Once you have a mold (I used latex), and once you have managed to remove the head from within the mold without cutting or tearing the latex (build it up very thick), you then need to get out your resin ($40 from places like Bare Metal online).  I used a 2 part resin, equal parts A & B, which cures in about 5 minutes, which I found a bit too fast.  Mix your resin and pour directly into the latex mold.  (NOTE: If you used a 2 part mold agent, you may need to use a releasing agent or spray so your resin will not permanently bond to the mold.

Once the cast has settled (even though it takes 5 minutes, I give it a few hours), remove the latex mold.  I have fairly strong fingers and can peel the mold off, though every once in a while I lose patience and cut it off, making garbage out of a mold that took a few days to make.

Now...making this short...you have a white Dax head, probably with a few bubbles in it...and worst case, a missing nose or a big hole where the eye should be.  At this point you should start over.  (Or take a drink.  I don't drink, so starting over...and yelling a bit...was my only choice.)

Let's say the mold is fine.  Worry about the pinhole bubbles later.  Using a dremel ($30 to $70 at various stores) and a cutting wheel, carefully cut off the bun of her head.  Then using a grinding wheel, grind it smooth and rounded, to about the size of what her skull would look like, or lower.  You can always add more, but if you have too much, it will look like a HUGE hairdo.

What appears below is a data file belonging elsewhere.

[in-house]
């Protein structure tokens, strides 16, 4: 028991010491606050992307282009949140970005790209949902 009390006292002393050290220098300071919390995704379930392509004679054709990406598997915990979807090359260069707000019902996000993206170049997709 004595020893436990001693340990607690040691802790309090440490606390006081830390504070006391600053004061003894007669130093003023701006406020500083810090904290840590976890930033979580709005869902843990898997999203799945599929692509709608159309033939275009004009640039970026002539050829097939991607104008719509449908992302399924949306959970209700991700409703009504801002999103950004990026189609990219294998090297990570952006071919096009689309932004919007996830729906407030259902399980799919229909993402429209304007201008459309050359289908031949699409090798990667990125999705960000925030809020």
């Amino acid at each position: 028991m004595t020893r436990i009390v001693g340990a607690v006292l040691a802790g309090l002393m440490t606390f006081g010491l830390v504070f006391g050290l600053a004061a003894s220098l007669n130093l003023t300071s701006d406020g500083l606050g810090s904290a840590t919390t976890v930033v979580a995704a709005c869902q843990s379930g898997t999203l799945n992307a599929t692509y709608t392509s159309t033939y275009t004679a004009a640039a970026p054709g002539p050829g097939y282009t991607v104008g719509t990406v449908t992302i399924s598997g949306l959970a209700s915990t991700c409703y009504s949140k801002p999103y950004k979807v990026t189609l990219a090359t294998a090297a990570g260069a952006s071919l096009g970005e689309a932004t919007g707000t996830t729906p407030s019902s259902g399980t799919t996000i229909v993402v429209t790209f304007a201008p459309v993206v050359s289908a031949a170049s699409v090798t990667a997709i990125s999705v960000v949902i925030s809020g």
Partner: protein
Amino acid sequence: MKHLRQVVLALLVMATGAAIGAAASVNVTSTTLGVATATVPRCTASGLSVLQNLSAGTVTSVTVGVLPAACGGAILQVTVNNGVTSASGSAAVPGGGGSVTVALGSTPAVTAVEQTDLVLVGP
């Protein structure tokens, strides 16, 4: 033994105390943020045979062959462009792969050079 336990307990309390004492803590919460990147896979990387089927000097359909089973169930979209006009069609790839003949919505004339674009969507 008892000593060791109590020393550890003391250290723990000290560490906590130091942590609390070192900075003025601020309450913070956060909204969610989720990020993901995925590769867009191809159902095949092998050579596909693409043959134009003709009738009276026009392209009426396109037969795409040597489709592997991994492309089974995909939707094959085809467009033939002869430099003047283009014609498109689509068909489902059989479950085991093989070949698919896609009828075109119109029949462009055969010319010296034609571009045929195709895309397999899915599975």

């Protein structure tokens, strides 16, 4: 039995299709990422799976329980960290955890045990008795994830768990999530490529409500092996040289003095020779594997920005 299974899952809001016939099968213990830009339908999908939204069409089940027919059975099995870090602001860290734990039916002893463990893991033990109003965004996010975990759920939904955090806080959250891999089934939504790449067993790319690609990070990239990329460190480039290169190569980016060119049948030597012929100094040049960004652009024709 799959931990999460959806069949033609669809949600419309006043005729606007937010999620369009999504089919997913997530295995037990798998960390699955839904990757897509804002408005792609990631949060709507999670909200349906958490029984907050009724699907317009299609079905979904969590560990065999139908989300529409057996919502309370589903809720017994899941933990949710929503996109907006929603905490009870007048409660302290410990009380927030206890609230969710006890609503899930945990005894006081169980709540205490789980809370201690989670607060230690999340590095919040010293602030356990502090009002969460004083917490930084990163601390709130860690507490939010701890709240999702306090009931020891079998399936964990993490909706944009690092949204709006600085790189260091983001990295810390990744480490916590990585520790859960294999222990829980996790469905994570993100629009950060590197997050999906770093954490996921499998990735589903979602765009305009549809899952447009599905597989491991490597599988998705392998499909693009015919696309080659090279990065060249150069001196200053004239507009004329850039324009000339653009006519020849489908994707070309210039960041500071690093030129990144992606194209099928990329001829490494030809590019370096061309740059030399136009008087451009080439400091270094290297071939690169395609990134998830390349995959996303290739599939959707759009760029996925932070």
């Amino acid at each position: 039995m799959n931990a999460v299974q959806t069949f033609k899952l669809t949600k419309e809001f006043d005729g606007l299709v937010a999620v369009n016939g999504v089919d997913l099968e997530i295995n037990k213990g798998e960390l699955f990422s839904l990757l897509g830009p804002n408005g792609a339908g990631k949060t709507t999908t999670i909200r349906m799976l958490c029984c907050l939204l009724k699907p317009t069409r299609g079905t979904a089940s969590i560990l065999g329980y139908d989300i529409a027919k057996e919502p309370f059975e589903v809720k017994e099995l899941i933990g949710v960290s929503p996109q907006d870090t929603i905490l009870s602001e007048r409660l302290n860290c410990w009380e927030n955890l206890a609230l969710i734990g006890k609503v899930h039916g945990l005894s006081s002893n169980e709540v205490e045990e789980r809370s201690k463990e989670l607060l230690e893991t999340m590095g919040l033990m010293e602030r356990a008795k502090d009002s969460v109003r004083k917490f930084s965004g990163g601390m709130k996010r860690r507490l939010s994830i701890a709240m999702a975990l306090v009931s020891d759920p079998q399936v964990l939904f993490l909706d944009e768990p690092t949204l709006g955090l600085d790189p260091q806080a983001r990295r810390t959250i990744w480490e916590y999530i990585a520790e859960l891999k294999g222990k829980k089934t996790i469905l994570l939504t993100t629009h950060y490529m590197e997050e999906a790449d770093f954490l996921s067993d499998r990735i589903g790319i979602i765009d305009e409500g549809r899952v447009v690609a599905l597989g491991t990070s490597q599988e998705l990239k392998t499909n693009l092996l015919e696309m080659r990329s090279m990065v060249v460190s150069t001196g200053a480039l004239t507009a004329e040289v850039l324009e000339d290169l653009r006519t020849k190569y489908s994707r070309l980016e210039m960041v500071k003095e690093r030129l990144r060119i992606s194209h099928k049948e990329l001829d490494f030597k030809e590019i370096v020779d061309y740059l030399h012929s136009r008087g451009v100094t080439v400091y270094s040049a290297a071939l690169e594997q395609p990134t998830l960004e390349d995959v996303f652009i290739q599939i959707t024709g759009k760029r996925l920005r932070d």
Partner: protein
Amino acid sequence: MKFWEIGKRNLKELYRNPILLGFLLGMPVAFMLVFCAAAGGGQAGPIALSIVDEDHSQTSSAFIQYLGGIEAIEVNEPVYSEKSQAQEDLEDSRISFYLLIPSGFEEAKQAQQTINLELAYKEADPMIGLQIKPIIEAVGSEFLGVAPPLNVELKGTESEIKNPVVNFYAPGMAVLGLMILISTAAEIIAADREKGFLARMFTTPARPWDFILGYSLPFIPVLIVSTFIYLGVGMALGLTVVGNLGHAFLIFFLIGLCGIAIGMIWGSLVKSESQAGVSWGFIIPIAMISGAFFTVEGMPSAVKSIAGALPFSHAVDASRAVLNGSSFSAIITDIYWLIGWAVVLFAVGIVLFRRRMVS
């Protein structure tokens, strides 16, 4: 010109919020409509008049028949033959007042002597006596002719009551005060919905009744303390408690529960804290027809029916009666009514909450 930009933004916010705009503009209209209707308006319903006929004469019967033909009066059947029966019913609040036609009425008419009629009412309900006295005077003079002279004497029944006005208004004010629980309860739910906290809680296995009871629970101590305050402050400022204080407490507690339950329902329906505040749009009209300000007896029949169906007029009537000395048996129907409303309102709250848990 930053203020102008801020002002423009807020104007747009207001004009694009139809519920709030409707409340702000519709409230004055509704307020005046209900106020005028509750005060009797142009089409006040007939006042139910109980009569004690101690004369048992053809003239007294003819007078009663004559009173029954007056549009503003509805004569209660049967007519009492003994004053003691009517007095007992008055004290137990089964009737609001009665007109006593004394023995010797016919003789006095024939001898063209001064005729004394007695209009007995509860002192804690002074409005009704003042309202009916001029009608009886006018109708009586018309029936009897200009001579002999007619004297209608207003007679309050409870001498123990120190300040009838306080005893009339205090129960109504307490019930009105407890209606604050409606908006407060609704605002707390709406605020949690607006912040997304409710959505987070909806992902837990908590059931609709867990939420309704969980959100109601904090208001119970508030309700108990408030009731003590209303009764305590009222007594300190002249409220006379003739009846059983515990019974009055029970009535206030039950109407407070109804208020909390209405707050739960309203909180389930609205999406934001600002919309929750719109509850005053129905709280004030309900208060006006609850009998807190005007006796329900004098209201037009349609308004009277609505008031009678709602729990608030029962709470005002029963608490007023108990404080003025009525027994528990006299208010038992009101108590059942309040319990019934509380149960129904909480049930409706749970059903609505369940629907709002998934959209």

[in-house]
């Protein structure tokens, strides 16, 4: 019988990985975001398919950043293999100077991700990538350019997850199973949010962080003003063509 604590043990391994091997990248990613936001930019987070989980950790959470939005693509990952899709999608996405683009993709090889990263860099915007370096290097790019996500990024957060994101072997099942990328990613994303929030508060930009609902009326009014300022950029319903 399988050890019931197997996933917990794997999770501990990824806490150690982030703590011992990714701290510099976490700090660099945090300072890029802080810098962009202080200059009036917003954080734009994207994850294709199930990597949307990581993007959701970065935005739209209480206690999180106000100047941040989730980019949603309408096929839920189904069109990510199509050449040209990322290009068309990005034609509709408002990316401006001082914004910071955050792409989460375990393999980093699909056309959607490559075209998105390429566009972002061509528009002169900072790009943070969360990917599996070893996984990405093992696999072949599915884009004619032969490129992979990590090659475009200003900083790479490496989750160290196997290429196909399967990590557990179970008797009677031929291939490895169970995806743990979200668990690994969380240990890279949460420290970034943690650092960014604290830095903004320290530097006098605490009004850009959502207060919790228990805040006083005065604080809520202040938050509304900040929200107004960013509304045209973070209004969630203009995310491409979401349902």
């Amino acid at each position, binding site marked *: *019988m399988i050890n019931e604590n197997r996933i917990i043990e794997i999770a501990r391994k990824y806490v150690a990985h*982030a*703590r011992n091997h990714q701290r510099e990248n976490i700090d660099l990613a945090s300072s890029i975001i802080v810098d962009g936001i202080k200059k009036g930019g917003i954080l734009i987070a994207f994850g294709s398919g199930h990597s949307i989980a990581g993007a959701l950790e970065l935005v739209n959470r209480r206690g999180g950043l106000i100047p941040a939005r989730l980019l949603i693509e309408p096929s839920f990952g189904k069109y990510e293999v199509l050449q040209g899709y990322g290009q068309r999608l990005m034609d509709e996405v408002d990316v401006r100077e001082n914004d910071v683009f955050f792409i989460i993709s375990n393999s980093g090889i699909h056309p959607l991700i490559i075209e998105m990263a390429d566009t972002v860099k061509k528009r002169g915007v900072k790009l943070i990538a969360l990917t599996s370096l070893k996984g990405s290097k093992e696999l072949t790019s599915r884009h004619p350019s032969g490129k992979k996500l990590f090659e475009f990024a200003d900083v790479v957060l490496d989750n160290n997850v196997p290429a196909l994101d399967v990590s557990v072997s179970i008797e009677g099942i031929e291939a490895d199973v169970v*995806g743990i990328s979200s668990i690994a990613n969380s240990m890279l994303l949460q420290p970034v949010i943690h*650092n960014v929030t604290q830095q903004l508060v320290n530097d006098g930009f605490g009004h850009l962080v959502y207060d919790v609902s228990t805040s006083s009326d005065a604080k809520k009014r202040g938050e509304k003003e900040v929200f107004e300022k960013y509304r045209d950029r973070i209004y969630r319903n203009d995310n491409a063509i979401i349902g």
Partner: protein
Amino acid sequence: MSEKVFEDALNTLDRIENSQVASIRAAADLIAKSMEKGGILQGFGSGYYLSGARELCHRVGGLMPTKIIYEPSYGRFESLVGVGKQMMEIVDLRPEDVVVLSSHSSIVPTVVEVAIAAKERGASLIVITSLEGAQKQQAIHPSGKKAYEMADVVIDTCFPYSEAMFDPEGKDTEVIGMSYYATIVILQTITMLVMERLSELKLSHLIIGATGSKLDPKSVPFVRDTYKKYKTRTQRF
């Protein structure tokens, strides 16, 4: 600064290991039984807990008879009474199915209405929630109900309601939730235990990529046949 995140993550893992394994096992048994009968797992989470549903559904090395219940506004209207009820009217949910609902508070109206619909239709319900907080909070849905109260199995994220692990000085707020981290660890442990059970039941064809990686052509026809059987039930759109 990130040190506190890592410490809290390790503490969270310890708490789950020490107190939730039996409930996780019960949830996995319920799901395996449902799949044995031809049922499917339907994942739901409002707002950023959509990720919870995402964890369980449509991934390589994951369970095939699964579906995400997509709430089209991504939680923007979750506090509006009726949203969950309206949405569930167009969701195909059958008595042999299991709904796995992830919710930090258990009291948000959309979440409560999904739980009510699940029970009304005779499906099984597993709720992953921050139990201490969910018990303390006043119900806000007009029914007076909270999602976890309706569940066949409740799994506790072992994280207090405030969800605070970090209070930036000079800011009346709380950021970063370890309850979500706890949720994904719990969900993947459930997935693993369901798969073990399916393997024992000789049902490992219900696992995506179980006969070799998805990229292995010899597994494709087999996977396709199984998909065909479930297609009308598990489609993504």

Now you need to grind off the tops of the ears.  Once this is done, use a 2 part epoxy putty ($9 to $15 depending on where you buy it and what brand  you find.  I have used Magic Sculpt...not by crayola...or Milliput.)  You need to mix this in equal parts (and wash your hands carefully afterwards).  Place a small triangle at the top of each ear, being careful not to touch the other ear while doing this, as you might mess up the work you just did.  I often do one ear one day and the next another.

Shape the pointed ear as closely as possible, though you will not be able to get it perfectly.  This will be done by carving at it once it has hardened.  Once the ears are hard, and once you have carved and sanded them to the right look and shape,  you can begin sculpting on the hair, which takes a few days, as you don't want to mess up the previous layers.  I used the same epoxy putty as I did on the ears.  BE CAREFUL not to cover up your new ears.  Go a layer at a time.  I started with the bangs and sides.  Once I got the base look, I added the braids one at a time over the next few days.

Once the hair is hard, carve, shape, and sand it to the proper look.  Then using an exacto knife, add texture, but don't over do it.

The above instructions were very basic.  I tried to do this as quickly as possible.  I also did not go into painting.  If anyone needs more detailed information, please let me know. 

* Hopefully the painting description will be added at a later date.


*Saavik recipe provided by John Moore